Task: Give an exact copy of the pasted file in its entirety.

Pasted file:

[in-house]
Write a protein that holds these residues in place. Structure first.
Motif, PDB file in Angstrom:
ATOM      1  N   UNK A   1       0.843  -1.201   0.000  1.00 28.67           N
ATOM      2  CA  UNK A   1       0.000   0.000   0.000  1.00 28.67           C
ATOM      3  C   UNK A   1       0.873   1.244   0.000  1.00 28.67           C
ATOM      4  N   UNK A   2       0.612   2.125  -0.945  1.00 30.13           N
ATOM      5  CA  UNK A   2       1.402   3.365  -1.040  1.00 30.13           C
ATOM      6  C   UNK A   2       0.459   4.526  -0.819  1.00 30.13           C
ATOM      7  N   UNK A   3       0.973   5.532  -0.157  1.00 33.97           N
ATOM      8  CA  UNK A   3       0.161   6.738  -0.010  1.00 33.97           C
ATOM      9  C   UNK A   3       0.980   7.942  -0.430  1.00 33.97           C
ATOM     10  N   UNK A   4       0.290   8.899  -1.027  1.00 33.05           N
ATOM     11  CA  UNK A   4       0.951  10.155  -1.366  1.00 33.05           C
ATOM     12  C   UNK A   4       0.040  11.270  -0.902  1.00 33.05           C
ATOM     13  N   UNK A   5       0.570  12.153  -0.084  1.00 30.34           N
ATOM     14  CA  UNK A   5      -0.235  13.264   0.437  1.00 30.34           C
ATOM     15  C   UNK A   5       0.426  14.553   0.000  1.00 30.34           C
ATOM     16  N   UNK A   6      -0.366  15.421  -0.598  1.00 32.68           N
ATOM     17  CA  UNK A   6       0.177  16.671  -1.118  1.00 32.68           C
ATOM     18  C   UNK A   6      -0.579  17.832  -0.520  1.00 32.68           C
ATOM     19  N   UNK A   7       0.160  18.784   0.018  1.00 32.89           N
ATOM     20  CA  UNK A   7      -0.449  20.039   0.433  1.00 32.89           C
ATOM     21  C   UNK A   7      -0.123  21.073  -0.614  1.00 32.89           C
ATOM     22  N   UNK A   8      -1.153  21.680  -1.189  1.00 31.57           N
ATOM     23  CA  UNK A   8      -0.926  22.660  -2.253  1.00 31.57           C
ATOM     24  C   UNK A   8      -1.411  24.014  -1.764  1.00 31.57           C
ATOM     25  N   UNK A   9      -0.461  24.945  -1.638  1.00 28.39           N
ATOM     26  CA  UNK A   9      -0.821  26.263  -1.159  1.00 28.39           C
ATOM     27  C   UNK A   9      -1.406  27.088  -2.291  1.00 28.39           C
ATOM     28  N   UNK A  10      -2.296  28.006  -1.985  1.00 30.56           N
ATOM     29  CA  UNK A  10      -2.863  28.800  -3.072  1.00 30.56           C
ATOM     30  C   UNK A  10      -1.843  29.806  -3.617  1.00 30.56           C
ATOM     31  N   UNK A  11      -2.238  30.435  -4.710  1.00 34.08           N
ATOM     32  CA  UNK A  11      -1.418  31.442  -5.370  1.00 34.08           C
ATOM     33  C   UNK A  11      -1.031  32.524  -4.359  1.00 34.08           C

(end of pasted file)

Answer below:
[in-house]
Write a protein that holds these residues in place. Structure first.
Motif, PDB file in Angstrom:
ATOM      1  N   UNK A   1       0.843  -1.201   0.000  1.00 28.67           N
ATOM      2  CA  UNK A   1       0.000   0.000   0.000  1.00 28.67           C
ATOM      3  C   UNK A   1       0.873   1.244   0.000  1.00 28.67           C
ATOM      4  N   UNK A   2       0.612   2.125  -0.945  1.00 30.13           N
ATOM      5  CA  UNK A   2       1.402   3.365  -1.040  1.00 30.13           C
ATOM      6  C   UNK A   2       0.459   4.526  -0.819  1.00 30.13           C
ATOM      7  N   UNK A   3       0.973   5.532  -0.157  1.00 33.97           N
ATOM      8  CA  UNK A   3       0.161   6.738  -0.010  1.00 33.97           C
ATOM      9  C   UNK A   3       0.980   7.942  -0.430  1.00 33.97           C
ATOM     10  N   UNK A   4       0.290   8.899  -1.027  1.00 33.05           N
ATOM     11  CA  UNK A   4       0.951  10.155  -1.366  1.00 33.05           C
ATOM     12  C   UNK A   4       0.040  11.270  -0.902  1.00 33.05           C
ATOM     13  N   UNK A   5       0.570  12.153  -0.084  1.00 30.34           N
ATOM     14  CA  UNK A   5      -0.235  13.264   0.437  1.00 30.34           C
ATOM     15  C   UNK A   5       0.426  14.553   0.000  1.00 30.34           C
ATOM     16  N   UNK A   6      -0.366  15.421  -0.598  1.00 32.68           N
ATOM     17  CA  UNK A   6       0.177  16.671  -1.118  1.00 32.68           C
ATOM     18  C   UNK A   6      -0.579  17.832  -0.520  1.00 32.68           C
ATOM     19  N   UNK A   7       0.160  18.784   0.018  1.00 32.89           N
ATOM     20  CA  UNK A   7      -0.449  20.039   0.433  1.00 32.89           C
ATOM     21  C   UNK A   7      -0.123  21.073  -0.614  1.00 32.89           C
ATOM     22  N   UNK A   8      -1.153  21.680  -1.189  1.00 31.57           N
ATOM     23  CA  UNK A   8      -0.926  22.660  -2.253  1.00 31.57           C
ATOM     24  C   UNK A   8      -1.411  24.014  -1.764  1.00 31.57           C
ATOM     25  N   UNK A   9      -0.461  24.945  -1.638  1.00 28.39           N
ATOM     26  CA  UNK A   9      -0.821  26.263  -1.159  1.00 28.39           C
ATOM     27  C   UNK A   9      -1.406  27.088  -2.291  1.00 28.39           C
ATOM     28  N   UNK A  10      -2.296  28.006  -1.985  1.00 30.56           N
ATOM     29  CA  UNK A  10      -2.863  28.800  -3.072  1.00 30.56           C
ATOM     30  C   UNK A  10      -1.843  29.806  -3.617  1.00 30.56           C
ATOM     31  N   UNK A  11      -2.238  30.435  -4.710  1.00 34.08           N
ATOM     32  CA  UNK A  11      -1.418  31.442  -5.370  1.00 34.08           C
ATOM     33  C   UNK A  11      -1.031  32.524  -4.359  1.00 34.08           C